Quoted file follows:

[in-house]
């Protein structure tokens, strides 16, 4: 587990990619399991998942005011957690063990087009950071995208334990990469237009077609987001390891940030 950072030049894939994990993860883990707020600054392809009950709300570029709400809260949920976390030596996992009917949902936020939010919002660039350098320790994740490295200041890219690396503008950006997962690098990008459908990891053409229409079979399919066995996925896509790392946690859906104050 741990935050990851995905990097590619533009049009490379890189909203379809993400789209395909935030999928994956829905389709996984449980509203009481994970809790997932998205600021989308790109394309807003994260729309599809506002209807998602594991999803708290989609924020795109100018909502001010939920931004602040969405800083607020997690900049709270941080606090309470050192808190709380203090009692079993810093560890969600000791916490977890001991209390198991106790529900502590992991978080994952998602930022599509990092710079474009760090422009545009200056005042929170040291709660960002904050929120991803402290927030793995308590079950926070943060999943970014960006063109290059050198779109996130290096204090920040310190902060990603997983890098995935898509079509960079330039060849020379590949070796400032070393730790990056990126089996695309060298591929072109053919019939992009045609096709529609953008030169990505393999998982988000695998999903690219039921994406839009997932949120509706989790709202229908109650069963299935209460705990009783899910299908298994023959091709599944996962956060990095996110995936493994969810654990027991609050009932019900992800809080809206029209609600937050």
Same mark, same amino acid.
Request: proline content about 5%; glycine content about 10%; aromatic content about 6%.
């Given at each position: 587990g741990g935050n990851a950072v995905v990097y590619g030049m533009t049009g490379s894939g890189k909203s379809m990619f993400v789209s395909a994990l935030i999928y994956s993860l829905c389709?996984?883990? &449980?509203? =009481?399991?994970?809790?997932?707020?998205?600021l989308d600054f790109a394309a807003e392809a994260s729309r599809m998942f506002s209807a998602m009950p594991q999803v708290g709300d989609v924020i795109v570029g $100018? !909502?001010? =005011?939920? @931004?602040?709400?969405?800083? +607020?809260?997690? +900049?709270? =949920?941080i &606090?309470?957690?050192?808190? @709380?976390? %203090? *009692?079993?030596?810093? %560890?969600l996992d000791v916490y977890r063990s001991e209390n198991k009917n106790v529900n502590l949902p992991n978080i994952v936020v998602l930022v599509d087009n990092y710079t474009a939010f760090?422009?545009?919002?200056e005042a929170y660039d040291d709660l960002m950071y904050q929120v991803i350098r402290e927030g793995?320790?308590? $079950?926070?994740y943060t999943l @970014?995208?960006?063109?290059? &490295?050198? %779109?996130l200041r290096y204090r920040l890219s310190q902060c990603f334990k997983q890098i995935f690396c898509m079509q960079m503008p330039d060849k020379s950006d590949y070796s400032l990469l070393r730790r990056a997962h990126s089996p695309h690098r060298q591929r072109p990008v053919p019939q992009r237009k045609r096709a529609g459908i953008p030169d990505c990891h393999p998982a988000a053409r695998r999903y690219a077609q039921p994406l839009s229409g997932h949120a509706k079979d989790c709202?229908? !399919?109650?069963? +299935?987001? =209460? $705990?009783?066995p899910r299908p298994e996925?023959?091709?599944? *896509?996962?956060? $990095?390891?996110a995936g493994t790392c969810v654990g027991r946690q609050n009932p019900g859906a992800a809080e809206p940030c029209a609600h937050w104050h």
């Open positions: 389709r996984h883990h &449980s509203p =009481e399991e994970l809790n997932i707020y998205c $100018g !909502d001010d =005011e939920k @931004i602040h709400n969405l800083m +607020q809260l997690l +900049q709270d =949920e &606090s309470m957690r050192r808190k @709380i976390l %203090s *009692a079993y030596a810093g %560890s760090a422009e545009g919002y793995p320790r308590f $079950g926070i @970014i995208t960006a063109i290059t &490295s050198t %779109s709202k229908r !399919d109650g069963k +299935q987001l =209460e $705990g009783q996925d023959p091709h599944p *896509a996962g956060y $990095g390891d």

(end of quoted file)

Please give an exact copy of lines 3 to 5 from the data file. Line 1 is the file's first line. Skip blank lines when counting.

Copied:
Same mark, same amino acid.
Request: proline content about 5%; glycine content about 10%; aromatic content about 6%.
């Given at each position: 587990g741990g935050n990851a950072v995905v990097y590619g030049m533009t049009g490379s894939g890189k909203s379809m990619f993400v789209s395909a994990l935030i999928y994956s993860l829905c389709?996984?883990? &449980?509203? =009481?399991?994970?809790?997932?707020?998205?600021l989308d600054f790109a394309a807003e392809a994260s729309r599809m998942f506002s209807a998602m009950p594991q999803v708290g709300d989609v924020i795109v570029g $100018? !909502?001010? =005011?939920? @931004?602040?709400?969405?800083? +607020?809260?997690? +900049?709270? =949920?941080i &606090?309470?957690?050192?808190? @709380?976390? %203090? *009692?079993?030596?810093? %560890?969600l996992d000791v916490y977890r063990s001991e209390n198991k009917n106790v529900n502590l949902p992991n978080i994952v936020v998602l930022v599509d087009n990092y710079t474009a939010f760090?422009?545009?919002?200056e005042a929170y660039d040291d709660l960002m950071y904050q929120v991803i350098r402290e927030g793995?320790?308590? $079950?926070?994740y943060t999943l @970014?995208?960006?063109?290059? &490295?050198? %779109?996130l200041r290096y204090r920040l890219s310190q902060c990603f334990k997983q890098i995935f690396c898509m079509q960079m503008p330039d060849k020379s950006d590949y070796s400032l990469l070393r730790r990056a997962h990126s089996p695309h690098r060298q591929r072109p990008v053919p019939q992009r237009k045609r096709a529609g459908i953008p030169d990505c990891h393999p998982a988000a053409r695998r999903y690219a077609q039921p994406l839009s229409g997932h949120a509706k079979d989790c709202?229908? !399919?109650?069963? +299935?987001? =209460? $705990?009783?066995p899910r299908p298994e996925?023959?091709?599944? *896509?996962?956060? $990095?390891?996110a995936g493994t790392c969810v654990g027991r946690q609050n009932p019900g859906a992800a809080e809206p940030c029209a609600h937050w104050h």